Bollywood Kurtis are greatly demanded by upper class who always updates their collection as per the latest trend of fashion used in bollywood. Bollywood kurtis give you gorgeous and appealing look.

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Fashion Pakistan Week Autumn/Winter 2014

Posted on 04 December 2014 by admin

Fashion Pakistan Week A/W2014 occured from 25th– 27th November, 2014 in karachi Fashion Pakistan presently boasts the best designers from Pakistan fashion industry and promises the approaching event to be larger and higher in terms of each participation and attendance The confirmed design – ers/brands showcasing at the fashion Pakistan Week A/W 2014 includes , Aamna Aqeel, Ayesha Farooq Hash – wani, Adnan Pardesy, Deepak Perwani, DnF, Em – raan rajput, Faraz Mannan, FnkAsia, Ishtiaq Afzal Khan, Gul Ahmed, Levis, Maheen Karim, Maheen Khan, Nau – man Arfeen, Nida Azwer, Sadaf Malaterre, sana Safi – naz, Sanam Chaudhri, Shehla Chatoor and Zaheer Abbas Official Makeup Styl – ists for the event are NABILA (N-PRO) and N GENTS for all 3 days The show are directed by Hasan Sheryar Yasin and backstage are managed by production 021. The offi – cial event a n d m e d i a partners for FPW A/W2014 is HUM TV network In addition to the 3 day Fash – ion Pakistan Week, Fash – ion Pak – istan also will be holding an extra exclu – sive event known as millennial FASH – ION ( Previously known as GenEX) right b e f o r e t h e fashion week, to be stayed the 22nd of November 2014 at a separate location five new fashion de – signers can create their debut through this platform. The millennial Fashion is an event that is designed as a chance for the young talent, to penetrate the barriers set forth for bud – ding de – signers by giving them an op – portunity to show – case their work. This event is a stepping stone for future entrepre – neurs, by provid – ing them a solid expertise in their field, for an opportunity to be recognized and to be told, to present a lot of focus to the new talent, serving to them with their beginning to a successful career The millennial Fashion will Launch new de – s i g n e r s , s t y l i n g t e a m s , models and New Chore – ographer into the fashion industry. The Winner Designer are selected via on ground choice and can be given a free slot at the fashion Pakistan Week Spring/Summer 2015 by the council. No fee is being charged to the new designers show – casing their designs at the Millennian Fashion, and their selec – tion is purely based on their quality of work. The designers debuting at the Millennian Fashion in – clude, Sameer Sain, Nitasha Yaqub, Abel Emmanuel, Madiha Raza and Aalish.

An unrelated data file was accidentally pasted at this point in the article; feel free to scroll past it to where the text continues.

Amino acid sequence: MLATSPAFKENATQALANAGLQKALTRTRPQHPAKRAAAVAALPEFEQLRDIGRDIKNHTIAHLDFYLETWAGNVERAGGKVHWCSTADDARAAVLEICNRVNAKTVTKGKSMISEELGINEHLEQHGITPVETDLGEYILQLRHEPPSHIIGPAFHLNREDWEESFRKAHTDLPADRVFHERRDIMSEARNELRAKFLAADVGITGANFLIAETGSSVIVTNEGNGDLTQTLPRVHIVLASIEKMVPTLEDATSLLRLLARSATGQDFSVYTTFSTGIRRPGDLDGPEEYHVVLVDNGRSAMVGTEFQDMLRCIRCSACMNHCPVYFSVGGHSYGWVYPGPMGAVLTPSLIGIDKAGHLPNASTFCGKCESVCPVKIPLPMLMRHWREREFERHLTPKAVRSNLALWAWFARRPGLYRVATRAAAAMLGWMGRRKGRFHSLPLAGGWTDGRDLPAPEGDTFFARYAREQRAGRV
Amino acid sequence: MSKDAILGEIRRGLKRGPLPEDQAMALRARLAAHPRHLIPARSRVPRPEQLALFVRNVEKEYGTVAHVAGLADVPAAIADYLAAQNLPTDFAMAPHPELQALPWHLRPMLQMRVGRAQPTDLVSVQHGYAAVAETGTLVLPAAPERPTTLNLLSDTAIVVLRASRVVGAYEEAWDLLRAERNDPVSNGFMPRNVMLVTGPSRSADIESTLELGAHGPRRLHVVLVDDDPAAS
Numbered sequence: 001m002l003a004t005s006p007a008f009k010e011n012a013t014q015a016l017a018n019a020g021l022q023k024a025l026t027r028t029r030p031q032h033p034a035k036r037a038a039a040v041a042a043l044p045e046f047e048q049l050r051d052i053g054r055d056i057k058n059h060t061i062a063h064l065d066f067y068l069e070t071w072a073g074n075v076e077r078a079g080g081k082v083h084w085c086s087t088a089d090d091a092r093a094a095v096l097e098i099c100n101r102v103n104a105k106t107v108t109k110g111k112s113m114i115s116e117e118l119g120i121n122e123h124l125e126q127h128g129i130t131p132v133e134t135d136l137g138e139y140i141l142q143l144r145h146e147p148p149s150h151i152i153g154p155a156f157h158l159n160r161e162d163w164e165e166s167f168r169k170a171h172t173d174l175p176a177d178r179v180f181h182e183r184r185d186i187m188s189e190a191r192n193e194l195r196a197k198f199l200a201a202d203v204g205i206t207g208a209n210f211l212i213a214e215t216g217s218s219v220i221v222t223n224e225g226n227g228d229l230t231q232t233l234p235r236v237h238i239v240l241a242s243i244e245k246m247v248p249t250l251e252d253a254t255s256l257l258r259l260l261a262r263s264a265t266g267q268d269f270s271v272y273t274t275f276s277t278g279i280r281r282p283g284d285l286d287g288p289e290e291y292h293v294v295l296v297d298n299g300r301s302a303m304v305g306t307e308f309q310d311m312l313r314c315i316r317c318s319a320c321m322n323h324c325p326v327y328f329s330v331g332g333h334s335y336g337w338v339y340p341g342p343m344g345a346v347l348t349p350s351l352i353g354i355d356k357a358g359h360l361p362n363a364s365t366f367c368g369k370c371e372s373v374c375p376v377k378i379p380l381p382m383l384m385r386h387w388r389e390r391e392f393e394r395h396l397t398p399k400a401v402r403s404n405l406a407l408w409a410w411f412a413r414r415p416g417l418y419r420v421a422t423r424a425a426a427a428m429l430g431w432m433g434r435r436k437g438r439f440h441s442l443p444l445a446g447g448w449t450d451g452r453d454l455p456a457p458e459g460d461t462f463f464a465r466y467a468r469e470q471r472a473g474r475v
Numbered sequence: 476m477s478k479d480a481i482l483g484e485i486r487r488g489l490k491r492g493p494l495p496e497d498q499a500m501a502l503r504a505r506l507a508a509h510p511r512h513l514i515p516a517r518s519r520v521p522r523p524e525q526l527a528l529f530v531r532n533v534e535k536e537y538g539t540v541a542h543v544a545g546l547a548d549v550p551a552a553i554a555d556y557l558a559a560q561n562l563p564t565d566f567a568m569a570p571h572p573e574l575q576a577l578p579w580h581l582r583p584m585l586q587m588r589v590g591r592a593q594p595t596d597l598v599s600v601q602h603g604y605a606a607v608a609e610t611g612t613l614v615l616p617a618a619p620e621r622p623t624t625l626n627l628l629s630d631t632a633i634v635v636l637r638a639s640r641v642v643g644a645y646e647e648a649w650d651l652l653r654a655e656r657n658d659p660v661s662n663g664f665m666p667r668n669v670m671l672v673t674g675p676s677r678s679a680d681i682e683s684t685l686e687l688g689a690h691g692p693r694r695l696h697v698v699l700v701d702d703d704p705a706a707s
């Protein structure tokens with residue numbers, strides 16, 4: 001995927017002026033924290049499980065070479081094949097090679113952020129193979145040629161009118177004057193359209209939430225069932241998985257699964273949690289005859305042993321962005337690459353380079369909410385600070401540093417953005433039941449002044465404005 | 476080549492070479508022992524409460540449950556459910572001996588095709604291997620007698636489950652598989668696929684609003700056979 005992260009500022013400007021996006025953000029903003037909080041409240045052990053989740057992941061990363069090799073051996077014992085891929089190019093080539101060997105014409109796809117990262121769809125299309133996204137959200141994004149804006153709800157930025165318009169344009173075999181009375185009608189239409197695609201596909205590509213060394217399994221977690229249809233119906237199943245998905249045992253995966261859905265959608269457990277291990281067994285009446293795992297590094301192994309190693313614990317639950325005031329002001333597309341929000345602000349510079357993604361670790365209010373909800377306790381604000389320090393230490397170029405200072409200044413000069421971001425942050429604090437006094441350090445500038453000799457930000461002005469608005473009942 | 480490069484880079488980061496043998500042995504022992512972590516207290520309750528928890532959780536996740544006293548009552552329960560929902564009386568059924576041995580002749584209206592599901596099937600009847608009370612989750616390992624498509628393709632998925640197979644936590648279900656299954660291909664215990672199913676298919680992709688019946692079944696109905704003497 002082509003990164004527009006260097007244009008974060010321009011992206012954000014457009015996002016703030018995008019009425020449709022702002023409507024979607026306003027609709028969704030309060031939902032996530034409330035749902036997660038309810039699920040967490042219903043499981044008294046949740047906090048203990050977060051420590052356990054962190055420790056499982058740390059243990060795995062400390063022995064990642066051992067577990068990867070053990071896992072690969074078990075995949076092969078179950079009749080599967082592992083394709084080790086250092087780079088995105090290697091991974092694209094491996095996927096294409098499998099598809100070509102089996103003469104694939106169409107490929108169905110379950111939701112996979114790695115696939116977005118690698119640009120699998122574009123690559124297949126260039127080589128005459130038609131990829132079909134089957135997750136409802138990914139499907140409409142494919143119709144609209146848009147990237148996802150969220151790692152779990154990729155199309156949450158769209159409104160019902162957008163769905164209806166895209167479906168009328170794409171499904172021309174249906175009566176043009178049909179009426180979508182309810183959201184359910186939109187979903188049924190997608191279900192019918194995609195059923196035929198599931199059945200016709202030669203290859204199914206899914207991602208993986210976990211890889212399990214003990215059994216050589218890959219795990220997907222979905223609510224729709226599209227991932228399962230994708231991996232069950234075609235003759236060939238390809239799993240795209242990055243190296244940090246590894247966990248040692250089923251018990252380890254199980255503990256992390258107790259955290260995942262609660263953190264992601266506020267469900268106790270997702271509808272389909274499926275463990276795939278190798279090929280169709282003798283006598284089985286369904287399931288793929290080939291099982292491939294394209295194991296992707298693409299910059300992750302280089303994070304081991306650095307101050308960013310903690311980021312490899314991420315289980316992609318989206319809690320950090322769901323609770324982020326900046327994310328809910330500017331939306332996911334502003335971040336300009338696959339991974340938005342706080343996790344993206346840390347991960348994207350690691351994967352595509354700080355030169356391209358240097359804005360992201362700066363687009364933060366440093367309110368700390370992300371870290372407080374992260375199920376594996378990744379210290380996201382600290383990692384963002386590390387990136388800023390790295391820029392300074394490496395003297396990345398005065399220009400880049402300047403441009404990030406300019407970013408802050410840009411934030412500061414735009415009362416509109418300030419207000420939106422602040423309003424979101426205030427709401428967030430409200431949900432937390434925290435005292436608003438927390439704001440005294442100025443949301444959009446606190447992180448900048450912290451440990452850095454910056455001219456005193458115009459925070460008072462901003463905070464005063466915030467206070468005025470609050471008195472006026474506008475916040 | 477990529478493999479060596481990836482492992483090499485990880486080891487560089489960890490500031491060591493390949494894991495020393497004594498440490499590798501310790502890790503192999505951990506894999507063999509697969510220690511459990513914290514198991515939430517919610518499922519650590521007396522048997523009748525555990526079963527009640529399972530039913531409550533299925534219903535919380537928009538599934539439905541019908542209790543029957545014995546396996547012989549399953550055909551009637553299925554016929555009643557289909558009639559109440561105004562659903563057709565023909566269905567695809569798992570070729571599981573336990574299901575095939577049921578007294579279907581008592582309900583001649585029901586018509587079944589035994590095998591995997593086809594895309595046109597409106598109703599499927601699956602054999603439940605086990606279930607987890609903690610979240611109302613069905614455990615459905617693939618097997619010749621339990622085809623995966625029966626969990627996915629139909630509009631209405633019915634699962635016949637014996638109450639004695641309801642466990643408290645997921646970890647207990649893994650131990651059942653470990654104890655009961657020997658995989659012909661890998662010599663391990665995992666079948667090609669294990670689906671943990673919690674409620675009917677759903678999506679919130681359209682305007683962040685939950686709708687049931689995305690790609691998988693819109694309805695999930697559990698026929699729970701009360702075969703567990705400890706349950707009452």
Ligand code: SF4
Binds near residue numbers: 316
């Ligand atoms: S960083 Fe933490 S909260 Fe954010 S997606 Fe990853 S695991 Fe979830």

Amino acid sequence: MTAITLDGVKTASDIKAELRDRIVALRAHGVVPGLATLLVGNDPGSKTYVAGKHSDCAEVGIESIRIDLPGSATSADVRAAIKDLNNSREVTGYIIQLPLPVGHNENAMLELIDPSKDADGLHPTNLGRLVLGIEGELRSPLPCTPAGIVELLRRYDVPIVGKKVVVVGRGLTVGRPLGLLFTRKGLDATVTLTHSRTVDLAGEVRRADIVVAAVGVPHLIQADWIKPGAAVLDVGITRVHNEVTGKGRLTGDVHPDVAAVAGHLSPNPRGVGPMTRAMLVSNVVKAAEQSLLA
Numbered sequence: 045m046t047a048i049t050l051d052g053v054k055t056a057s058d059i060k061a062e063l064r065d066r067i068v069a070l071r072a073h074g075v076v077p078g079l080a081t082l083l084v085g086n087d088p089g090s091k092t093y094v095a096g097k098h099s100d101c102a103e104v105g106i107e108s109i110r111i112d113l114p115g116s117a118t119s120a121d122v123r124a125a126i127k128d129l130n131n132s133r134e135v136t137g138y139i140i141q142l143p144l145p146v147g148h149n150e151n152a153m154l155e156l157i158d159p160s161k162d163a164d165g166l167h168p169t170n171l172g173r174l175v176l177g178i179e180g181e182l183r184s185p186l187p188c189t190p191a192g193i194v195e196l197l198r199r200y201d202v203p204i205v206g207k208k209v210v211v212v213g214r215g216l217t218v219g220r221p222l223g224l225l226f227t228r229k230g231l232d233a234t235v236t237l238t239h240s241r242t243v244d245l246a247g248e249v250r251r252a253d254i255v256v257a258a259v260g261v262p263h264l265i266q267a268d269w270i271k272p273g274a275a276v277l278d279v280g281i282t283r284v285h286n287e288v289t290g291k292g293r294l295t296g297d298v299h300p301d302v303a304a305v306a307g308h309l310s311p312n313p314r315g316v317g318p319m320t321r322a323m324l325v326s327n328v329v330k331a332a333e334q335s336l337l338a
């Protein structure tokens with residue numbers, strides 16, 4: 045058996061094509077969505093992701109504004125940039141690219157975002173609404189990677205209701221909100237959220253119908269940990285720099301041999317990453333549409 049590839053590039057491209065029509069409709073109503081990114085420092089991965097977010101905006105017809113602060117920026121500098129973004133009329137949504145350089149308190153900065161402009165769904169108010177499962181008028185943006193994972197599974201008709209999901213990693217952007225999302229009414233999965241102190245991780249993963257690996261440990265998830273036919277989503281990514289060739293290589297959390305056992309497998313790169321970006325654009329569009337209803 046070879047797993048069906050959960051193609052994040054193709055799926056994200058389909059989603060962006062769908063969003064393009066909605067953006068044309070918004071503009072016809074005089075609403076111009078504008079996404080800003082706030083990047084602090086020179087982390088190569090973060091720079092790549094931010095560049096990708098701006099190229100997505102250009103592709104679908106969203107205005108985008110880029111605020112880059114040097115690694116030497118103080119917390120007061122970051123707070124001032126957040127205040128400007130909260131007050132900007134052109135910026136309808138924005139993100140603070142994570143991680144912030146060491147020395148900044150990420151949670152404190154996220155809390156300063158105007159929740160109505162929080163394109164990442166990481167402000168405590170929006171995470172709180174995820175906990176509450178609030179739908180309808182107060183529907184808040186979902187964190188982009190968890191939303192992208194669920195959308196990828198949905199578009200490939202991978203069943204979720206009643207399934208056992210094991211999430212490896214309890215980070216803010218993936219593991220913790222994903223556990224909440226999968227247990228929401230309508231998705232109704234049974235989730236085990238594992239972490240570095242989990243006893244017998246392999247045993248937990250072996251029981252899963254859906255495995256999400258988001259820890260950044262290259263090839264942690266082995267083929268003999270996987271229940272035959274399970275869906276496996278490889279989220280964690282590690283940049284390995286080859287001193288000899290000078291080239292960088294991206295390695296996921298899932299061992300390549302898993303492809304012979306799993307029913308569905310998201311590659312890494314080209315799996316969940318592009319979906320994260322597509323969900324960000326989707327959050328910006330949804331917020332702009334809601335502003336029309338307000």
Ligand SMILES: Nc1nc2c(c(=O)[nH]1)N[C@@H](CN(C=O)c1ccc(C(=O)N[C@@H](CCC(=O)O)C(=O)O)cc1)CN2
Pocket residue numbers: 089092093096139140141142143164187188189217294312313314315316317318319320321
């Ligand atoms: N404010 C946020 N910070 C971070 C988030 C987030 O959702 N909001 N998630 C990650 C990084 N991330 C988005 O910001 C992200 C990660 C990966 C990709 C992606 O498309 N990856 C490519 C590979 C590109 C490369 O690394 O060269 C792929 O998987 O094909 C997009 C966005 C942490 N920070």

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Indian STYLE: fashion’s latest fusion

Posted on 30 October 2014 by admin

Whenever a country has a specific or more appreciated dress code, it is often assumed that that country is exempt from the fashion world. On a recent visit to India, I was able to experience first-hand that this is most definitely not the case. I was immersed in the fusion of colour and intricate detail of women’s dress in the country. I learnt the different types of dress: saris, suits, salwars and duppatas, with bright and striking colours with jewels and gold detail present in every design. It is so impressive that women take such care and pride in their appearance, looking like brides every day.
There is quite obviously a stricter dress code in India than in western countries. It is frowned upon and considered disrespectful to show your shoulders and back as a woman. however, even by covering up the majority of their bodies, women are able to look beautiful; adorned in a world of sparkles, glitter and sequins. Personally I love this Indian style of dress, as I feel it acts as a tribute to the colourful aspects of hinduism and Sikhism. The two religions are highly respected and followed in India, so it is great that they inspire, even if unknowingly, another part of Indian culture: the fashion industry.
It is not simply the Indian clothing that is incredible. Gold jewellery interlaced with coloured pieces decorates women, and arms are woven in gold and jeweled bangles and bracelets. The Aladdin-esque shoes are loved and worn by many in India. Their traditional name is Mojri and they come in a variety of colours and intricate, embellished patterns. The buttersoft scarves are also vital, in true Indian fashion, with the supple, smooth silks of pashminas and their delicate stitching and designs. Similar to the British high street, Indian style incorporates layering and a mixture of textures in the composition of their . Yet, unlike London’s edgy and innovative trends, Indian fashion reveals more of an oriental glamour that is breathtaking and equally as eye-catching. What is also incredible is the sense of pride with which Indian women wear their saris and suits. They wear their clothing with such dignity that it releases an aura of confidence, making their outfits appear even more beautiful.